So what about the next six months?

I am so lucky to be partnering up with my dear friend at Pinned Acupuncture + Wellness to have a little space for individual meditation and reiki sessions. I can’t tell you how special this little nook in the world is and I hope you’ll come see. Walking meditation and Meditate614 classes are in season too! I’m still working on the Patreon and I’ve got a few other things up my sleeve and coming soon.

I’m finally planning out and gearing up to tackle my acupuncture board exams. I hope to have these completed in the fall so that I can start practicing and sharing this medicine that has helped me so much.

My first six month check is upon me and I know that can throw a wrench in all these plans. I’d love to tell you that my practice is keeping me from worry and it is, but I know that life has its ways. I’m happy to be moving in new directions and to see what comes next.

I have a lot more to say, but that’s for next time.

I hope you are taking good care.

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Learning to Swim

Between getting the cervical cancer diagnosis and my first surgery, I went a little crazy. Maybe no one is surprised by that given the circumstances, but I kind of have been in retrospect.

We take all of this time to train in meditation, to get to know our ups and downs, to bring more awareness to the ebb and flow of life as well as our feelings and reactivity. We think maybe… just maybe… we have some sort of handle on something. Then a big thing hits and BAM. We find ourselves spinning anyway. What was all that time even for?

Well… imagine if I hadn’t done all of that training already. I may have slipped straight off the side and into the deep end without knowing any swim techniques. As it was, I still had things to keep me afloat, even if the water was just about at head height and I was on my tippy toes. I may be mixing some water metaphors here, but hopefully you get what I’m saying.

All of that said, I really did surprise myself in the ways I did not go crazy. Facing a surgery of any kind, I tend to be a bit nervous and scared (as can be understood). Anesthesia is no joke and having anyone take a knife anywhere (especially into the most sensitive parts of your body) is not something you wake up hoping happens on just any random day.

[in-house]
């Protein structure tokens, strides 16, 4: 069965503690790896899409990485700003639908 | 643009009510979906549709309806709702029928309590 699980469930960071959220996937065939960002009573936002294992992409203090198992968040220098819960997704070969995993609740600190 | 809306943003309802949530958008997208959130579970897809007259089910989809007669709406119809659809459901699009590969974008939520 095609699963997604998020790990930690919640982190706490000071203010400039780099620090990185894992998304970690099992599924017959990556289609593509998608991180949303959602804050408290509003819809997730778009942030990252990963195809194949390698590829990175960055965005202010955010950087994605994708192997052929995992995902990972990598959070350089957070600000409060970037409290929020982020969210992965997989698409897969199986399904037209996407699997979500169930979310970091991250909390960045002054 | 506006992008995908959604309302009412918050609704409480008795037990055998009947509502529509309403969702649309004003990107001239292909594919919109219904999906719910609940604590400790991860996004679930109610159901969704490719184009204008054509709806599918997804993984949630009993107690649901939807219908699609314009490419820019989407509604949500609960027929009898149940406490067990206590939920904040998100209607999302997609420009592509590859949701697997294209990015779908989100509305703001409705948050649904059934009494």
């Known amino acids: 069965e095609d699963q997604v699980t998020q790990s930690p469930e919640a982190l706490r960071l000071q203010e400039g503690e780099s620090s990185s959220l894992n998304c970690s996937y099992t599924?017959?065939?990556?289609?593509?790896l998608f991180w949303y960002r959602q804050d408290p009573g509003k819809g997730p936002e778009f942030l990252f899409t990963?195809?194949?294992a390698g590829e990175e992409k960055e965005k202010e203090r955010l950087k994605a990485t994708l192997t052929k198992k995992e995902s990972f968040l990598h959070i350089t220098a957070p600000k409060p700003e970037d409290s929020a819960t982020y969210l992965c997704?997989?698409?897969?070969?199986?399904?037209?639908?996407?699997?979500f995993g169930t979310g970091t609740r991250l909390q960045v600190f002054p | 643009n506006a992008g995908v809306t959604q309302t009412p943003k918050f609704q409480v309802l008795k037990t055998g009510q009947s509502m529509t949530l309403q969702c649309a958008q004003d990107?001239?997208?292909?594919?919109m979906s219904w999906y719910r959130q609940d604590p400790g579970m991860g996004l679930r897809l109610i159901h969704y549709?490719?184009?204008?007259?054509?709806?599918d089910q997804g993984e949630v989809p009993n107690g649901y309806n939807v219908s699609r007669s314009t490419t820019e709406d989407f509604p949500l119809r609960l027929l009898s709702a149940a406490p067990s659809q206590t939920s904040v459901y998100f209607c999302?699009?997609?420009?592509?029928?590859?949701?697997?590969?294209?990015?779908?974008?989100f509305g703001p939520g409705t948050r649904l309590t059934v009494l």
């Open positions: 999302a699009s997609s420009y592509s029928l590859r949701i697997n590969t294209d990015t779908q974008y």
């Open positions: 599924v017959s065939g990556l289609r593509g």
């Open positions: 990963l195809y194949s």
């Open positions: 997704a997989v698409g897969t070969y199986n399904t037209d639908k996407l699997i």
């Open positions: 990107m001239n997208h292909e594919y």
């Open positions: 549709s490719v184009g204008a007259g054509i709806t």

But the surgery was not random. I waited six weeks between my first procedure/diagnosis and that first surgery. My body had to heal in between. As those six weeks came to a close, I started to feel a rather strange calm. I was working with my breath in some way every day. The day of the surgery, I didn’t cry or find myself worrying too much. I took a few quiet moments to myself as I changed from my clothes to the hospital gown. Any time my heartbeat started to go up on the monitor, I tuned into my breath and brought myself back to a more regular speed. I hadn’t lost it completely after all.

As I’ve gotten back around to my Regularly Scheduled Meditation Practice (and not just taking the bits and pieces the day gives me), it has also been good to feel the roots extending again. This week, I’ll find out more about the next surgery I’ll have (“the big one” as I like to call it) and I’m hoping I can do things a little differently this time. As in, maybe not lose my mind quite so much to begin with. There are still hard things to come, but what an experience to see how it all goes and find out in new ways how the tools and practices and little bits of magic fit in.

It's Not About You

The title of this post is a phrase that I think about a lot.  I think about it in traffic when someone cuts me off.  I think about it when I find something that a person does annoying or when someone is rude. I take a breath and remember: it's not about me.  


Because it probably isn't.  99% of the time, we take things personally when they don't have anything to do with us.  We get upset at someone in the movie theater using their phone as if it is a personal insult. We rage in traffic because someone won't let us merge. We get angry at our spouse because they forgot to pick up the bread. We get riled up about the opinions of strangers on the Internet. We take everything so personally when it isn’t meant to be.


So then what if it isn't about us?  Well, if we can see that, we can see the space between the action, the person acting, and ourselves. In that space, we have room to recognize and then let go of the anger or upset.  We can stretch out there and make the space for the reality of the situation.  Someone cuts you off? Maybe they didn't see you. It doesn't mean that they're a jerk whose sole purpose in life is to make you miserable. A store clerk doesn't help you? Maybe they're getting pulled in ten different directions by other customers, not making a judgment on you as a person. You never know the whole story of someone else or what their reality is like.  Why? Because it's not about you.   


Does this idea excuse someone's poor behavior? No.  It doesn't mean that you shouldn't confront someone who insults you or that you shouldn't say "hey, that really upset me.” It also doesn’t give you a free pass to treat others poorly. It just means that you don't have to take everything personally, so you don't have to carry the weight of it and pass that onto other people. Snapping at someone in traffic easily leads to snapping at people in your office or at home who had nothing to do with it.  It weighs heavily on your well-being to take these things on as personal affronts every single time.  


We've all had these encounters (both on the giving and receiving end) and our self-involved society has convinced us that everything is about us.  What if it's not? What if there can be that space where it isn't about you? What if we can just breathe and live in that space where compassion and understanding reside?